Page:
It also includes ensuring that all aspects of the network are visible to the SOC team, including those outside endpoints and software. It enables the SOC to respond quickly to a threat without disrupting user activity.

It is vital because deterrence depends on demonstrating that the cost-benefit calculus of an attack would not be worthwhile. It requires a clear and credible signal of the strength of your forces.


Training helps the SOC staff understand how to use critical tools for preventing and responding to threats. It includes understanding how the ML/ AI tools work and how to reduce false positives so they can be used to the best effect.

Once a threat is identified, the SOC acts as a first responder, such as shutting down or isolating endpoints, terminating harmful processes, deleting files, etc. The SOC also investigates the incident to learn more about it to prevent future similar attacks.

The SOC team ensures that applications, systems, and tools abide by data privacy regulations. It includes protecting the organization’s Internet-of-Things devices (think kitchen microwaves and warehouse scanners).

Once processes, tools, and staffing are in place, it’s time to start monitoring for incidents and attacks. The SOC should be able to respond quickly, with minimal disruption to the business. It requires complete visibility across the network. That means avoiding blind spots, including those created by integrating the SOC with your NOC.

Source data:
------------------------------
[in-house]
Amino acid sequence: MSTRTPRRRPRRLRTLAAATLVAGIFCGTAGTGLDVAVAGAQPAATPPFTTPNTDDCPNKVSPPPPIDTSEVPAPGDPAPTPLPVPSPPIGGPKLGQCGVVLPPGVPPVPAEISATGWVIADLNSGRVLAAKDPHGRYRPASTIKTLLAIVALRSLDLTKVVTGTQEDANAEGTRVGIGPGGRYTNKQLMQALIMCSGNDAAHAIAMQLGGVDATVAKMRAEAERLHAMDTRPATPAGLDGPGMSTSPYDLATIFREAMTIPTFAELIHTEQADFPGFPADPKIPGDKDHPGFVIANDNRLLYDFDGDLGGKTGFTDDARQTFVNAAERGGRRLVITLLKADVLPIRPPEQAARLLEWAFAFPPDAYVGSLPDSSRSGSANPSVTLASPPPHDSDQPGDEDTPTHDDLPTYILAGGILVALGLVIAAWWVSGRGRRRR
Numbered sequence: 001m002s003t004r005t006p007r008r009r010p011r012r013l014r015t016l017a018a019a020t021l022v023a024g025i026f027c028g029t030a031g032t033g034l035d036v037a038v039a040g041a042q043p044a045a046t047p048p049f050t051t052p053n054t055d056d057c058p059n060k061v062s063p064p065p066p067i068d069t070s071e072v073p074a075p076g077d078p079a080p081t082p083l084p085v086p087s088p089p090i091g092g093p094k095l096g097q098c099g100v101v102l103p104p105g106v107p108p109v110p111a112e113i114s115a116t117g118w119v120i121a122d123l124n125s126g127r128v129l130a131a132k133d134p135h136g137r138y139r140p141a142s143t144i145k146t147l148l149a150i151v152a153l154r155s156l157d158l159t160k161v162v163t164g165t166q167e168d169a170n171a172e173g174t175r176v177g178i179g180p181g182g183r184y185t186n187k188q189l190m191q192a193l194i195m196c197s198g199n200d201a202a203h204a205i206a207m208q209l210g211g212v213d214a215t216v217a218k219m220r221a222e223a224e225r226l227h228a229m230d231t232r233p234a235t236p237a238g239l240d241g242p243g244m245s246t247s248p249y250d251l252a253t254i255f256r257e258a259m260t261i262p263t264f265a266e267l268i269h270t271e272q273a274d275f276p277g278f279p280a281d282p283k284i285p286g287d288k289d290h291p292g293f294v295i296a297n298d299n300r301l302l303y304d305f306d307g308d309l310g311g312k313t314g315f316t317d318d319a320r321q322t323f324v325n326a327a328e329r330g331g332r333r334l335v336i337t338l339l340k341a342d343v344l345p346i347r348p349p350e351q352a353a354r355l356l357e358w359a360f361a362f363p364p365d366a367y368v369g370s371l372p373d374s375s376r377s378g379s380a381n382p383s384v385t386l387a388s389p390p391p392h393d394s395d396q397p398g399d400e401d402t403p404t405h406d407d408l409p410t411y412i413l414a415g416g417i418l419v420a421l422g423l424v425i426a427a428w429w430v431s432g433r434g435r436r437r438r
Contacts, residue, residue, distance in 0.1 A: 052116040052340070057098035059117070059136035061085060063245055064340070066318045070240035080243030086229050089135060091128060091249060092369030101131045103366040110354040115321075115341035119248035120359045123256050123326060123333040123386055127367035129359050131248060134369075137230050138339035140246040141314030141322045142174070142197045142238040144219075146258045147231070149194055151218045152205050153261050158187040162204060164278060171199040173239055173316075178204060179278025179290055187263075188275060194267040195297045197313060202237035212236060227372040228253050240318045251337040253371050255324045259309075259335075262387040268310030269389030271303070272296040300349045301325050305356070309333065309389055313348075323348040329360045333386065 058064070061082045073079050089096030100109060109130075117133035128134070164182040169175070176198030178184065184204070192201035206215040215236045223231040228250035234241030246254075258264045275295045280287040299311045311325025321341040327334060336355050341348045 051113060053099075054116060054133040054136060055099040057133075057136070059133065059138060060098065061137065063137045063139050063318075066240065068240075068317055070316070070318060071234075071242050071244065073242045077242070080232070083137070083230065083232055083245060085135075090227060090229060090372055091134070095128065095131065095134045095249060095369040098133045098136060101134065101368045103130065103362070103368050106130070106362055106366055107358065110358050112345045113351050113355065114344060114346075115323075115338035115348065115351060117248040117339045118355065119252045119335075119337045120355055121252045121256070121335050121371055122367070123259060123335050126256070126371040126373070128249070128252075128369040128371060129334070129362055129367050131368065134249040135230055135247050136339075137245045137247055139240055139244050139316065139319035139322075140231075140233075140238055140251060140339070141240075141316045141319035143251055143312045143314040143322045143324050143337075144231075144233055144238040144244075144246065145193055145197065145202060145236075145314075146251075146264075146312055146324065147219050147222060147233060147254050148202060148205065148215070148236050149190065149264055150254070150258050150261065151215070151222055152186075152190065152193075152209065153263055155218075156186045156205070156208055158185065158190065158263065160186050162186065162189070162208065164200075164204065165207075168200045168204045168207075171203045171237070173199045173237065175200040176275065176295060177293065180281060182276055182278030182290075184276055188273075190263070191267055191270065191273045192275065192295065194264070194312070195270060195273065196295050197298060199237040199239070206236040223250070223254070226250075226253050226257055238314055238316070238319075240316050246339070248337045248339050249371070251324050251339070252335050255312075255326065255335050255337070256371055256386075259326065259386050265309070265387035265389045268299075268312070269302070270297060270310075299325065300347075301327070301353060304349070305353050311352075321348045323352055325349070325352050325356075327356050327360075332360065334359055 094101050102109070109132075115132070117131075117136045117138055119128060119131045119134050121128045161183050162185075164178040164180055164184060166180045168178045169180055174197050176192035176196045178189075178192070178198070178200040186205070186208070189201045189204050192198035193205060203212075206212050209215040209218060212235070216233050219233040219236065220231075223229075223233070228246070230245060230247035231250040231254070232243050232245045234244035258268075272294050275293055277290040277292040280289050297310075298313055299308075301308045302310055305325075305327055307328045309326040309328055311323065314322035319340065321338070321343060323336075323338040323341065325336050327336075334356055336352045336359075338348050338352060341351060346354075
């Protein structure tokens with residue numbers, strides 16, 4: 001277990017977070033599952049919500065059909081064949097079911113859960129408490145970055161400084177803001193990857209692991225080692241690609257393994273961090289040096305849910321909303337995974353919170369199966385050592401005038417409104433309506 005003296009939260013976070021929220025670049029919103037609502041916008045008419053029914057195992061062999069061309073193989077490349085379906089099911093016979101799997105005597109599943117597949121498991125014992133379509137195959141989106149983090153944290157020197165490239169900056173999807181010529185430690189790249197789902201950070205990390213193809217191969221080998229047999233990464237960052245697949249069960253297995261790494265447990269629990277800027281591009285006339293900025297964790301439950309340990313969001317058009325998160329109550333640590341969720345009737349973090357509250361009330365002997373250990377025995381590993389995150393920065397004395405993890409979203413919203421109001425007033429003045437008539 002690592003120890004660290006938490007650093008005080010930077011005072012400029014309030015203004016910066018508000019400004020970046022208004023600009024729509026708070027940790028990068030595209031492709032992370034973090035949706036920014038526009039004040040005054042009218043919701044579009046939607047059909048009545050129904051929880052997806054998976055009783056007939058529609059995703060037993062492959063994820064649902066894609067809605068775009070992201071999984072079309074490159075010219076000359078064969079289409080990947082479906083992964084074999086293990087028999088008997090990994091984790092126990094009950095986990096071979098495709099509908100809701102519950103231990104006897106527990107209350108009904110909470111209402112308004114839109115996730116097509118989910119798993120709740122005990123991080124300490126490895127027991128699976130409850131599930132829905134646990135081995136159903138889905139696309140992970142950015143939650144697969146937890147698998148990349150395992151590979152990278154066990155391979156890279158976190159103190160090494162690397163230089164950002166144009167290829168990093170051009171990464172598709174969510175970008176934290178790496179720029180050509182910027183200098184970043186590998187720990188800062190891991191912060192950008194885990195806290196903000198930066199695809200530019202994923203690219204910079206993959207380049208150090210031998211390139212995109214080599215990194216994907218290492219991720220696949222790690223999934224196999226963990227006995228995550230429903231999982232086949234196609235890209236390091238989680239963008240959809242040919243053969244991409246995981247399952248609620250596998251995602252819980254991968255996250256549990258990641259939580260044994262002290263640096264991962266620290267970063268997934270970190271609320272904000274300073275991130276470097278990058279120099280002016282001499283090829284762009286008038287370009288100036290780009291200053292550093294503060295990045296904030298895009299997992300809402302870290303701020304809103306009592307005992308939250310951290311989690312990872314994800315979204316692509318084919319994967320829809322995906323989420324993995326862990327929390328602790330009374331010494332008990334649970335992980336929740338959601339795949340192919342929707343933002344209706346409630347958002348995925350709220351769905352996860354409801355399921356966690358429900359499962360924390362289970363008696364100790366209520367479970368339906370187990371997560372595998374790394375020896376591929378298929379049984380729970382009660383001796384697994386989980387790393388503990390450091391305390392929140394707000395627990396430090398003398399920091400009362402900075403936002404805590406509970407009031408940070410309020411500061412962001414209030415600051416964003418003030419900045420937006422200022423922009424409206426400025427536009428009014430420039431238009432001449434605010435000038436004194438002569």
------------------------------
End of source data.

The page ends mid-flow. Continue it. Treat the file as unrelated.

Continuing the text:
While automated systems are excellent at analyzing patterns and following scripts, the human element of the SOC is vital to sorting out genuine threats from false positives. It allows the SOC team to prioritize alerts, ensuring that any emerging issues are addressed quickly.

Creating precise processes is necessary to guarantee that investigation leads are handled in a critical order while maintaining enough flexibility to allow for appropriate analysis. These processes can also help to identify gaps in security posture.


Once a threat has been identified, the SOC acts as a first responder, performing actions like isolating or shutting down endpoints, terminating harmful processes, and preventing them from executing and deleting files. They also figure out exactly what happened, when, how, and why so they can prevent it from happening again.

SOC teams carefully look at each alert and indicator of attack, discard false positives, and determine the criticality of threats – so they can respond quickly to mitigate an incident with minimal impact on business continuity. This process involves using tools such as SIEM to collect, analyze, and correlate data.


A SOC ensures all applications, systems, and security tools comply with data privacy regulations like GDPR, CCPA, PCI DSS, and HIPAA. They also create system back-ups if necessary and plan how to handle cybersecurity incidents under regulatory standards.

SOC teams triage incoming threats by determining severity, scope, and impact and may also work to mitigate hazards by shutting down or isolating endpoints, terminating harmful processes, and deleting files. To do this, they must have complete visibility into the network they’re protecting.